Ecchymosis

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ECCHYMOSIS, med. jur. Blackness. It is an extravasation of blood by rupture of capillary vessels, and hence it follows contusion; but it may exist, as in cases of scurvy, and other morbid conditions, without the latter. Ryan's Med. Jur. 172.

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Petechiae and ecchymoses were present over his arms, legs, and trunk.
4) Petechiae, ecchymoses, and hemorrhagic blisters may also be present.
The noteworthy characteristic of these ecchymoses is that they begin with local itching, burning, or pain before the lesions appear.
A 8-year-old girl with immune thrombocytopenic purpura (ITP) who had ecchymoses on the body and a history of falling in the school was diagnosed as physical abuse as a result of evaluation by the departments of pediatric psychiatry and forensic medicine.
This author describes 71 patients, most of them females, with lesions compatible with such entity; the ecchymoses appear weeks or days after trauma or surgery, but the most frequently related factor was emotional stress.
Skin Thinning, Ecchymoses, Striae, Acne, and Hirsutism
Half also had periorbital ecchymoses or "raccoon eyes" and some had "sporadic amnesia".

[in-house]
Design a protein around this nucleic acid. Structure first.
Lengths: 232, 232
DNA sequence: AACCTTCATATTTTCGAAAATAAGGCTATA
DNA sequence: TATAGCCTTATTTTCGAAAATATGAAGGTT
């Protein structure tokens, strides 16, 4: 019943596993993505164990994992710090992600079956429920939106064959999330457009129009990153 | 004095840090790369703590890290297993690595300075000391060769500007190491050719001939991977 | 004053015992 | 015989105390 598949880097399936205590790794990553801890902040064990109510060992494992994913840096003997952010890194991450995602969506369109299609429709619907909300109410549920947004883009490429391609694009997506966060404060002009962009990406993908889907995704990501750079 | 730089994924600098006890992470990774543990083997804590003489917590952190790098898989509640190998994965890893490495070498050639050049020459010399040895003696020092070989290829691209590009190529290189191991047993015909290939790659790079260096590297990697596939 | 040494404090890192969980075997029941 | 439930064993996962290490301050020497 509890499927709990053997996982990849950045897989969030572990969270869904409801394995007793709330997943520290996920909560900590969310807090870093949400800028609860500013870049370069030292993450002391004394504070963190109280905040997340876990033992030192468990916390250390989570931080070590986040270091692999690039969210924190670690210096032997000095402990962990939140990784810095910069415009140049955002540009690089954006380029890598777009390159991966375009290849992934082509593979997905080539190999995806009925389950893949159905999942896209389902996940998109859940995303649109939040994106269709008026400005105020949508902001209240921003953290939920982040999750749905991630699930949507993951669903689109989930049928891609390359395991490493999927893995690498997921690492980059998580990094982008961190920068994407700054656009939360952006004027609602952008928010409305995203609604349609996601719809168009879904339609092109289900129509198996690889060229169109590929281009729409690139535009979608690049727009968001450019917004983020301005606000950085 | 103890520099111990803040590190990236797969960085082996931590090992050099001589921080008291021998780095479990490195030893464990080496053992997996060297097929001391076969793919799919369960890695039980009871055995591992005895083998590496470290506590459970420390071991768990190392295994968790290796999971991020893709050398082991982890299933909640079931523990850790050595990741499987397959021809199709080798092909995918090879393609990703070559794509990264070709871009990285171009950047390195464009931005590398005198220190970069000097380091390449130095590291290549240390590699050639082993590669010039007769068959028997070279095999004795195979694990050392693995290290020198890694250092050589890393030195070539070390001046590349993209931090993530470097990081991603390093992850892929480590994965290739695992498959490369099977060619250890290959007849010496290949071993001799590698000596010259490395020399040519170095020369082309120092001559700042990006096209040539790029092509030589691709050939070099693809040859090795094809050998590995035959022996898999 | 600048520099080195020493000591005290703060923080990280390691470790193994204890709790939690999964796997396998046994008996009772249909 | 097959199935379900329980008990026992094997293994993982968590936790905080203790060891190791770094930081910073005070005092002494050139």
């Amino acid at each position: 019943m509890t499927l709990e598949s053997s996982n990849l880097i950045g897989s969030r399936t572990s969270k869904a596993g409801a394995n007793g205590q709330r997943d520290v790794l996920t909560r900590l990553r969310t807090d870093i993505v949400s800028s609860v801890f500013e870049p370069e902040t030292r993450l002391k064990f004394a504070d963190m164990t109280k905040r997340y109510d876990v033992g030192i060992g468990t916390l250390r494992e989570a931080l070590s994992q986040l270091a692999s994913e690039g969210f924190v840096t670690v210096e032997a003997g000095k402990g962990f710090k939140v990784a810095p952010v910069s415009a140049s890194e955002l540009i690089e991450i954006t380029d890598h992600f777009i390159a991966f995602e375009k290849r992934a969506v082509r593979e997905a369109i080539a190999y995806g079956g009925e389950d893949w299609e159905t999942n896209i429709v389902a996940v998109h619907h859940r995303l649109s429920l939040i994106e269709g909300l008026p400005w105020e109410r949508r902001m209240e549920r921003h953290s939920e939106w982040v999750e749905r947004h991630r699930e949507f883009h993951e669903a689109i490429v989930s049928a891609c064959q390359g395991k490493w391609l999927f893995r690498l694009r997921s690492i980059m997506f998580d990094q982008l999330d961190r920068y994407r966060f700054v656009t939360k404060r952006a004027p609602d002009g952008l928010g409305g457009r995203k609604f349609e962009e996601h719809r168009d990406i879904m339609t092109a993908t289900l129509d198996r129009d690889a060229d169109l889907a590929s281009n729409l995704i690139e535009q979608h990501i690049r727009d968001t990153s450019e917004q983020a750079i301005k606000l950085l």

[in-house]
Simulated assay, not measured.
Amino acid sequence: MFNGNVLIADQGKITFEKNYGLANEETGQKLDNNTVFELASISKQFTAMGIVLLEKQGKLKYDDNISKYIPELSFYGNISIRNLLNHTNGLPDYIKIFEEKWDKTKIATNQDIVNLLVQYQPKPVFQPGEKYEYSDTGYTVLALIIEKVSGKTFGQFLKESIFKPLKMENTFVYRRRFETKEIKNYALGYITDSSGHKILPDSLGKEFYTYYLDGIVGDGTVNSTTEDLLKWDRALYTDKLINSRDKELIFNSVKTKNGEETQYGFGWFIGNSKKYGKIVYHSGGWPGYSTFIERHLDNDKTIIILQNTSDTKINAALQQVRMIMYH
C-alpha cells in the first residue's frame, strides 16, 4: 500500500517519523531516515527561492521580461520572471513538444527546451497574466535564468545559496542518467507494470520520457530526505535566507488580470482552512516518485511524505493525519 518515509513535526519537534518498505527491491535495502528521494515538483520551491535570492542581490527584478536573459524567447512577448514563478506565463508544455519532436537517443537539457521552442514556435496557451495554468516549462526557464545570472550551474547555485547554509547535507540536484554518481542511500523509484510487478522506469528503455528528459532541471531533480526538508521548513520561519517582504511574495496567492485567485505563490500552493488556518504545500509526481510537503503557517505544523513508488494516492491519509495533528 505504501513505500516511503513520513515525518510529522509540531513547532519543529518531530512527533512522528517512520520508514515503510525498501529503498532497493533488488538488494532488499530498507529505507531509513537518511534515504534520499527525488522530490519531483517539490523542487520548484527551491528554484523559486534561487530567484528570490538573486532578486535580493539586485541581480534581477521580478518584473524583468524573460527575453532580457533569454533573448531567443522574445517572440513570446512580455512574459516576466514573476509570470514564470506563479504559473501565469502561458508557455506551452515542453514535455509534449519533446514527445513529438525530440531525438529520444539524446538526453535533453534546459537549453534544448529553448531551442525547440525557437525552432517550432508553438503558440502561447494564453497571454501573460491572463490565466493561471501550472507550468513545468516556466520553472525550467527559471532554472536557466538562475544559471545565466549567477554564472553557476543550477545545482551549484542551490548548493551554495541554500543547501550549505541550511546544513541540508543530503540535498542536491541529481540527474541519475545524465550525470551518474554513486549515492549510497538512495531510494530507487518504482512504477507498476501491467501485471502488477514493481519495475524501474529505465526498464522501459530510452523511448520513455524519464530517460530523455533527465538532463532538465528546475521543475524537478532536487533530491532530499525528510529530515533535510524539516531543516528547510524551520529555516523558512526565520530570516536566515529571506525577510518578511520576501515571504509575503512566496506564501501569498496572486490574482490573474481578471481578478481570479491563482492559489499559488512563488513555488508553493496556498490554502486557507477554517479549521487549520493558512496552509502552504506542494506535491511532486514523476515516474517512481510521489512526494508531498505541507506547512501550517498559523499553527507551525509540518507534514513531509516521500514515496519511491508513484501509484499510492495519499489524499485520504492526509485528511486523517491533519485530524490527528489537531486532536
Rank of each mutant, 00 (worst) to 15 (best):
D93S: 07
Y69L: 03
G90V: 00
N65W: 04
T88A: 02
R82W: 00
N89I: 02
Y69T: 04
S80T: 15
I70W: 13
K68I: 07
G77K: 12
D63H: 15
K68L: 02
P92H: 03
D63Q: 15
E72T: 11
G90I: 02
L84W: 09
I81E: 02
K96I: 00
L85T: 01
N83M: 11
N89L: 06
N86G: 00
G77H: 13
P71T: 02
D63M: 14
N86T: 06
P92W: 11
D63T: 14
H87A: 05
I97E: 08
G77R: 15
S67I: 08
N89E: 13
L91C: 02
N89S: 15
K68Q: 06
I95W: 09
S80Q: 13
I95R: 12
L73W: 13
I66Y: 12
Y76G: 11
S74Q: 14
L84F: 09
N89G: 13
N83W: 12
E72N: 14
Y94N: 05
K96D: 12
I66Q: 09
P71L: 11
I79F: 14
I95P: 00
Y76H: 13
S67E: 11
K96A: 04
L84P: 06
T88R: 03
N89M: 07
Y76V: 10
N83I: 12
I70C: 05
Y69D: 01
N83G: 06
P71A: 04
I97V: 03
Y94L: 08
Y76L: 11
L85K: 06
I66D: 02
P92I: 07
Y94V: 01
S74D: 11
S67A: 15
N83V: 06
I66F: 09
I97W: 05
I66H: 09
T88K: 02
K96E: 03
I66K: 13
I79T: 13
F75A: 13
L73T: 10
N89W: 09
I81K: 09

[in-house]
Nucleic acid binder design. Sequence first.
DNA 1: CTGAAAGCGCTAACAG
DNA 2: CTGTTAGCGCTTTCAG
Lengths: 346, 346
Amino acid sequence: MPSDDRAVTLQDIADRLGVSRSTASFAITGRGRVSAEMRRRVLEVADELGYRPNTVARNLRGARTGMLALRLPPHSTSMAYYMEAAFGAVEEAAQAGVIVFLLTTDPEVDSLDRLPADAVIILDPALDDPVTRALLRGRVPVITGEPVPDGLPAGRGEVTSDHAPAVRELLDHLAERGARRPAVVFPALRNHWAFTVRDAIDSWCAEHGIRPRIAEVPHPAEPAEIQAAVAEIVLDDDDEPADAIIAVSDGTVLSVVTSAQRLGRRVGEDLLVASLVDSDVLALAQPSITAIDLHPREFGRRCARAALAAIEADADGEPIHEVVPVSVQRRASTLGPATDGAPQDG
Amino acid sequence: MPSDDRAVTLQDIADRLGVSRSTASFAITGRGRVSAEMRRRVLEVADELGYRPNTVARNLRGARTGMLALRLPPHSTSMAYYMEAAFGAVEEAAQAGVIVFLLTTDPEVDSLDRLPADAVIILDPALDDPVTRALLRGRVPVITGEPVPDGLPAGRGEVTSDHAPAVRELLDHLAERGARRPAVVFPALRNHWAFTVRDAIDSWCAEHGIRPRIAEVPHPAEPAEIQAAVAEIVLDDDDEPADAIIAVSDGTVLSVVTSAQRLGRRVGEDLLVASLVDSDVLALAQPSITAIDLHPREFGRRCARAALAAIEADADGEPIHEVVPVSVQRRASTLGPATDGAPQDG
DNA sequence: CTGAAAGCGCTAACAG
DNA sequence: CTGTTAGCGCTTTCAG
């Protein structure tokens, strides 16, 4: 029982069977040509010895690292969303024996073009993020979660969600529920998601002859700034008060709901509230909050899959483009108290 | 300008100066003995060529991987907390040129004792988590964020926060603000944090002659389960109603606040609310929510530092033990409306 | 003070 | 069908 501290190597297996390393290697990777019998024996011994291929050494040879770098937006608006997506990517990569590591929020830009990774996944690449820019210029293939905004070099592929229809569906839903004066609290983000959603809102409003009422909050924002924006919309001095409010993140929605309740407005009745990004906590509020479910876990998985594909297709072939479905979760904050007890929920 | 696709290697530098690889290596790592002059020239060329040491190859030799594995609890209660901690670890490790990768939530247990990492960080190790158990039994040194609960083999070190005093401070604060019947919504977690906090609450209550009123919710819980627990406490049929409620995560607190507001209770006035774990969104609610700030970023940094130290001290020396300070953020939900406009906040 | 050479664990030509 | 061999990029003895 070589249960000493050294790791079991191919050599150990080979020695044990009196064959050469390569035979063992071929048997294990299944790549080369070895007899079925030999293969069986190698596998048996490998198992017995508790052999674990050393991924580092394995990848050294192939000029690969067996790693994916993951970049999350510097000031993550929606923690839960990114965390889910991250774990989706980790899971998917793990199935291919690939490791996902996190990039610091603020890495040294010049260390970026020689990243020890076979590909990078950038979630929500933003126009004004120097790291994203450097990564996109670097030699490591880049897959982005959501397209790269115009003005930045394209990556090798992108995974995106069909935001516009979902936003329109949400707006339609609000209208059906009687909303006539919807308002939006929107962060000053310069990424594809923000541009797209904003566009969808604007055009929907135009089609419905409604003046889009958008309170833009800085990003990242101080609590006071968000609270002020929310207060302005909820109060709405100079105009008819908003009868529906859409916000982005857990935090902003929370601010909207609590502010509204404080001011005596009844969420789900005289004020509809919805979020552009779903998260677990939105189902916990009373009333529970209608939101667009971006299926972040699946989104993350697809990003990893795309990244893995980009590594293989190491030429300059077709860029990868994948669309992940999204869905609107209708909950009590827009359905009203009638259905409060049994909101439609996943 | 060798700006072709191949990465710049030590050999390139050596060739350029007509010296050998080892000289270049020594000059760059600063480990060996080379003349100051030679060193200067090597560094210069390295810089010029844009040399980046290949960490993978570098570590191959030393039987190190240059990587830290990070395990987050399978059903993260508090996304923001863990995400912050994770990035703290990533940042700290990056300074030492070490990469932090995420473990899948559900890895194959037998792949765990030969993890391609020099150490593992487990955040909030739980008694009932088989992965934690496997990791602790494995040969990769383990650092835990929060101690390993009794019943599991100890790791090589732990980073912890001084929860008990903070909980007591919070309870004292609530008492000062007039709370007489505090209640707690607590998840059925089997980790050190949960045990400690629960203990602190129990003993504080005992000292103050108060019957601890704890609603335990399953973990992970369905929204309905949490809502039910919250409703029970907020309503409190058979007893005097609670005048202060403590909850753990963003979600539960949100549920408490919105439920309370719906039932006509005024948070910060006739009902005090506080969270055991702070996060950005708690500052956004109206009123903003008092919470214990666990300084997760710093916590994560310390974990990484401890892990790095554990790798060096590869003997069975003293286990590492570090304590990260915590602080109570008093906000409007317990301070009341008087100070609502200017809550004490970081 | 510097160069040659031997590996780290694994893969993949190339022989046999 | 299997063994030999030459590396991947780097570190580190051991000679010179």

Henry Battle, in 1890, had originally associated mastoid ecchymoses with fracture of posterior cranial fossa of skull, not a middle fossa fracture.
Symptomatic patients often present with large hematomas, extensive ecchymoses or severe mucosal bleeding including epistaxis, gastrointestinal bleeding, and gross hematuria.
The patient presented with facial swelling, periorbital ecchymoses, subconjunctival hemorrhage, corneal edema, and exophthalmos.
The mucocutaneous pattern is a superficial bleeding, such as epistaxis, petechiae and ecchymoses (Fig.
The patients with STSS had a shorter incubation period and a higher frequency of gastrointestinal symptoms, coma, and petechiae and ecchymoses than did other patients (Table 3).